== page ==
Enveloped Virus but not Bacteria Block IL-13 Responses in Human Cord Blood T Cells In Vitro

Authors

  • A. Svensson,

    1. Department of Rheumatology and Inflammation Research, Institute of Medicine, Sahlgrenska Academy, University of Gothenburg, Gothenburg, Sweden
    Search for more papers by this author
  • I. Nordström,

    1. Department of Rheumatology and Inflammation Research, Institute of Medicine, Sahlgrenska Academy, University of Gothenburg, Gothenburg, Sweden
    Search for more papers by this author
  • A. Rudin,

    1. Department of Rheumatology and Inflammation Research, Institute of Medicine, Sahlgrenska Academy, University of Gothenburg, Gothenburg, Sweden
    Search for more papers by this author
  • T. Bergström,

    1. Department of Infectious Diseases, Section of Clinical Virology, Institute of Biomedicine, Sahlgrenska University Hospital, Gothenburg, Sweden
    Search for more papers by this author
  • K. Eriksson

    1. Department of Rheumatology and Inflammation Research, Institute of Medicine, Sahlgrenska Academy, University of Gothenburg, Gothenburg, Sweden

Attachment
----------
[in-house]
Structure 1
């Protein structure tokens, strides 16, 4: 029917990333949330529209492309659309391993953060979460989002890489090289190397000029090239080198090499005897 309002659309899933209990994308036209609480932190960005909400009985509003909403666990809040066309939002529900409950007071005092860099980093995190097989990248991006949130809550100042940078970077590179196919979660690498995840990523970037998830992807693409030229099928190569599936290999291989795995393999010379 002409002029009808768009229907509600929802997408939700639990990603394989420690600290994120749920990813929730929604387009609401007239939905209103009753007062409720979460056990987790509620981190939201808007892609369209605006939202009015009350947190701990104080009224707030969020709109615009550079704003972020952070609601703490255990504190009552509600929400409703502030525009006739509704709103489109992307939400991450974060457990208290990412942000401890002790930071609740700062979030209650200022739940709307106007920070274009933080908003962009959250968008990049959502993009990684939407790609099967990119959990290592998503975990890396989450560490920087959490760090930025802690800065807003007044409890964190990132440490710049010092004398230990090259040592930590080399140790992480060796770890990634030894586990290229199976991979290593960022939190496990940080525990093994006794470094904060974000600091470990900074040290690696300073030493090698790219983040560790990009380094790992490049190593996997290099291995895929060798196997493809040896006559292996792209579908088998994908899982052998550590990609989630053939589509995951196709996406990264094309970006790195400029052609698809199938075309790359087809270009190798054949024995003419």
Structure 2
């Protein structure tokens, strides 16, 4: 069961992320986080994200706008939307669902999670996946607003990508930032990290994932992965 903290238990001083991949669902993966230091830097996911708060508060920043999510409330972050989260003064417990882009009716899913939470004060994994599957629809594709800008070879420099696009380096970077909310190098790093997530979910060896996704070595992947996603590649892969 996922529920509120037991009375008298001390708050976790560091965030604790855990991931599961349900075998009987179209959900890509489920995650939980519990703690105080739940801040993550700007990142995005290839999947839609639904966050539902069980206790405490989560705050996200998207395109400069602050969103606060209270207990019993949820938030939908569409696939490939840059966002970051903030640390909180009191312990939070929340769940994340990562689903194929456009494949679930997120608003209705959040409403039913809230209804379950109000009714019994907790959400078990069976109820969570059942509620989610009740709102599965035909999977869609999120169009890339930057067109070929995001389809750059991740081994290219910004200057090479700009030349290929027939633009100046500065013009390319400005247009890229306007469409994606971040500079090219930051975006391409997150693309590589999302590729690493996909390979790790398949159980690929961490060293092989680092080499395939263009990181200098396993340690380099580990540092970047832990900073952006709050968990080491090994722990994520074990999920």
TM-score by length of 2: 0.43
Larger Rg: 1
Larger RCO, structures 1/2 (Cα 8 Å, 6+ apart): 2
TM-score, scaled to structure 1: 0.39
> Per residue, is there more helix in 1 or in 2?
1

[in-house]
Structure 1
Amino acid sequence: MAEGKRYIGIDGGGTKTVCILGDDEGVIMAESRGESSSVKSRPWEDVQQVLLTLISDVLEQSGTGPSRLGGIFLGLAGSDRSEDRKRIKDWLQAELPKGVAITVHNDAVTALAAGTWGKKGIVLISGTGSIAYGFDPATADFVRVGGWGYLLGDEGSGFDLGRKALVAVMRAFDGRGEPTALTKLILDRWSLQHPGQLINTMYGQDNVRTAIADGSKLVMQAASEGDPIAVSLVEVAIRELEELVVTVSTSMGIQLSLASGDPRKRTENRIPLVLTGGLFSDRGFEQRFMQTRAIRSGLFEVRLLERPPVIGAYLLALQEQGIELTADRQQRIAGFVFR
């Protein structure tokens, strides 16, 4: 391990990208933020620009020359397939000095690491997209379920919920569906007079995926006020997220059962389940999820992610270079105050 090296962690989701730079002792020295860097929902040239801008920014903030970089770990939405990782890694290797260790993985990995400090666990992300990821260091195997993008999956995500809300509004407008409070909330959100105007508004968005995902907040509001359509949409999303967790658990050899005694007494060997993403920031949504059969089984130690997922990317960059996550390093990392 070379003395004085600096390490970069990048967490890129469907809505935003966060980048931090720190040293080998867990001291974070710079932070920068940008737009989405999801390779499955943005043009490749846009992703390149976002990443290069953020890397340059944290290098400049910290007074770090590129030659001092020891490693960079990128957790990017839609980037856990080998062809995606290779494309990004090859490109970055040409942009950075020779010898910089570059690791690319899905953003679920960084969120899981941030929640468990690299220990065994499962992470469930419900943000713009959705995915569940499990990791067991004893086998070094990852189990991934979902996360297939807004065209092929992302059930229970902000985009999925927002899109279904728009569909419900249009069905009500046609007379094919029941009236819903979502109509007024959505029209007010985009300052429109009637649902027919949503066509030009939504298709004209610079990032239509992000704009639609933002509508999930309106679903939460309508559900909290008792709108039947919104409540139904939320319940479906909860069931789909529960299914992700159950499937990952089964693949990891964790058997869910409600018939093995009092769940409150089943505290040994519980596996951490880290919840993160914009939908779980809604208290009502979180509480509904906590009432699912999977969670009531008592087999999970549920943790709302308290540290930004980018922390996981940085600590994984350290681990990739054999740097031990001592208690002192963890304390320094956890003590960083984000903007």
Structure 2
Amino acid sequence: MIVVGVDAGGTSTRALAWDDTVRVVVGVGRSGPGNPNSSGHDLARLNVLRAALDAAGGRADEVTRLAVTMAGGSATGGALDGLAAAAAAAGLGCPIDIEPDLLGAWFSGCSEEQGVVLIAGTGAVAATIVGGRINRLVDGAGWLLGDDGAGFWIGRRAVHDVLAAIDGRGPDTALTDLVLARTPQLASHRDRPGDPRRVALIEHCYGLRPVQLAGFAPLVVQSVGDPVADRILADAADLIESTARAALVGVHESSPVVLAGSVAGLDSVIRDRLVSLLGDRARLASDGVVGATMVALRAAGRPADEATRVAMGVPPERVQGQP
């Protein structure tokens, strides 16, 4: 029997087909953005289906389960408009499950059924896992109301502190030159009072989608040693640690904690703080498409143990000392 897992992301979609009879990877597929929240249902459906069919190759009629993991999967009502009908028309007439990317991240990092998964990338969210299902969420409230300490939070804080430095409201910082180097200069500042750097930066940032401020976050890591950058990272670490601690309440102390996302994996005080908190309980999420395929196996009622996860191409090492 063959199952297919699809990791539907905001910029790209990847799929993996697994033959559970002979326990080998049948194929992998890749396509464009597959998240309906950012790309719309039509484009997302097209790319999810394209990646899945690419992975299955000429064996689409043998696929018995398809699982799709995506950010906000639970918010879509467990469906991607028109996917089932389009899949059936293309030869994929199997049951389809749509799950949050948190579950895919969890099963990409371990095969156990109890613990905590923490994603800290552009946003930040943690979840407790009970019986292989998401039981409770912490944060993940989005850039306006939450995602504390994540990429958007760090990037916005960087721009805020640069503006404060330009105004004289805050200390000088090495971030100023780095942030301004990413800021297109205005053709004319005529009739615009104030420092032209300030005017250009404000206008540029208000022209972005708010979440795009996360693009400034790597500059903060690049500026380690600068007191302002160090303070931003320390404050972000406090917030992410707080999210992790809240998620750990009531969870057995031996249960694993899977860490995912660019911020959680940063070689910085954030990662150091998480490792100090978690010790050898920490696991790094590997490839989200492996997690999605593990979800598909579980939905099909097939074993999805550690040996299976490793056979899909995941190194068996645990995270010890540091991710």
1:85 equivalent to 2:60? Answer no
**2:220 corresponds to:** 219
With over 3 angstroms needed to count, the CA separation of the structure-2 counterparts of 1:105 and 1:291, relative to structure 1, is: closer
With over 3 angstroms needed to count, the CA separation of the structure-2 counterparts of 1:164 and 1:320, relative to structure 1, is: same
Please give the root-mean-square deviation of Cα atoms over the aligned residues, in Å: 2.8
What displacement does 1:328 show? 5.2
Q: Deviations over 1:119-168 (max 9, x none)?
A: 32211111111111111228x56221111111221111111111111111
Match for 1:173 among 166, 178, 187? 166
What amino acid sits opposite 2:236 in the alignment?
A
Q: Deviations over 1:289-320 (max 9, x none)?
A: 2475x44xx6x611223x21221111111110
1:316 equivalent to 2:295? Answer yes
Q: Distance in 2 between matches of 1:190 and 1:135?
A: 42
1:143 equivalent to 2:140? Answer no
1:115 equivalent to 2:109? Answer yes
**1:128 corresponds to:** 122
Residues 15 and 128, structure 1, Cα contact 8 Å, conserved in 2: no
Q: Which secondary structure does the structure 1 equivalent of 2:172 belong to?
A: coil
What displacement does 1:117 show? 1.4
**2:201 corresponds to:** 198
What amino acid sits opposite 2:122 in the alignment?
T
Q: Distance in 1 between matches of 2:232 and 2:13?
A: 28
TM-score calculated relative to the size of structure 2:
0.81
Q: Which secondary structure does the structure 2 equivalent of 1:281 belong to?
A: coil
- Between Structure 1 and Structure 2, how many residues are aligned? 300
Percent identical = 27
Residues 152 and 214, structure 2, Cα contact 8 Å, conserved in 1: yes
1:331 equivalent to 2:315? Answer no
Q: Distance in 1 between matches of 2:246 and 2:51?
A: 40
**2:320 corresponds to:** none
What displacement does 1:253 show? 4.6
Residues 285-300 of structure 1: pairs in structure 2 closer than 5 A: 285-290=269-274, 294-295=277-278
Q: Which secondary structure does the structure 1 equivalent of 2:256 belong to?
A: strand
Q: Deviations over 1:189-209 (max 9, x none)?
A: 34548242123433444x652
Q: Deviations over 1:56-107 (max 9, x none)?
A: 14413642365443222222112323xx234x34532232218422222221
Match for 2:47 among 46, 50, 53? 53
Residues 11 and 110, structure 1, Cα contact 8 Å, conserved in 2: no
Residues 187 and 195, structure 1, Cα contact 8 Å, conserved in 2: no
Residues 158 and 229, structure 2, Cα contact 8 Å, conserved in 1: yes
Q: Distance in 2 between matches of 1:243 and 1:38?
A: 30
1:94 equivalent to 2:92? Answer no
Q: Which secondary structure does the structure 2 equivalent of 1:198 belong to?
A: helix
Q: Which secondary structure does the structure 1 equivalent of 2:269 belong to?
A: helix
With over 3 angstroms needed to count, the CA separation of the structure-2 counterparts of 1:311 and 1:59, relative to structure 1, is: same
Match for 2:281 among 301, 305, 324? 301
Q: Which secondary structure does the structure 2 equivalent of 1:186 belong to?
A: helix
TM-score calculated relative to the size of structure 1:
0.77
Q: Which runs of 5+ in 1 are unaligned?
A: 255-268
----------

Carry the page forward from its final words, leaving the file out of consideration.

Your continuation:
Search for more papers by this author

A. Svensson, Department of Rheumatology and Inflammation Research, Institute of Medicine, Sahlgrenska Academy, University of Gothenburg, Guldhedsgatan 10A, 413 46 Gothenburg, Sweden. E-mail: alexandra.svensson@microbio.gu.se

Abstract

Infections that occur early in life may have a beneficial effect on the immune system and thereby reduce the risk of allergen sensitization and/or allergic disease. It is not yet clear to what extent specific virus and/or bacteria can mediate this effect. The purpose of this study was to assess the role of virus and bacteria in CD4+ T cell-derived cytokine production in newborns. We compared the effects of five bacteria (Staphlococcus aureus, Escherichia coli, Clostridium difficile, Lactobacillus rhamnosus and Bifidobacterium bifidus) and seven virus (adenovirus, coronavirus, cytomegalovirus, herpes simplex virus, influenza virus, morbillivirus and poliovirus) on the Th1/Th2 cytokine production in mixed lymphocyte reactions using CD4+ T cells from cord blood cocultured with allogenic myeloid or plasmacytoid dendritic cells. When comparing the baseline cytokine production prior to microbial stimulation, we observed that cord plasmacytoid DC were stronger inducers of Th2 cytokines (IL-5 and IL-13) compared with cord myeloid DC and to adult DC. When adding microbes to these cultures, bacteria and virus differed in two major respects; Firstly, all enveloped viruses, but none of the bacteria, blocked Th2 (IL-13) production by cord CD4+ cells. Secondly, all Gram-positive bacteria, but none of the virus, induced IL-12p40 responses, but the IL-12p40 responses did not affect Th1 cytokine production (IFN-γ). Instead, Th1 responses were correlated with the capacity to induce IFN-α secretion, which in cord cells were induced by S. aureus and influenza virus alone. These data imply that enveloped virus can deviate Th2 responses in human cord T cells.

Ancillary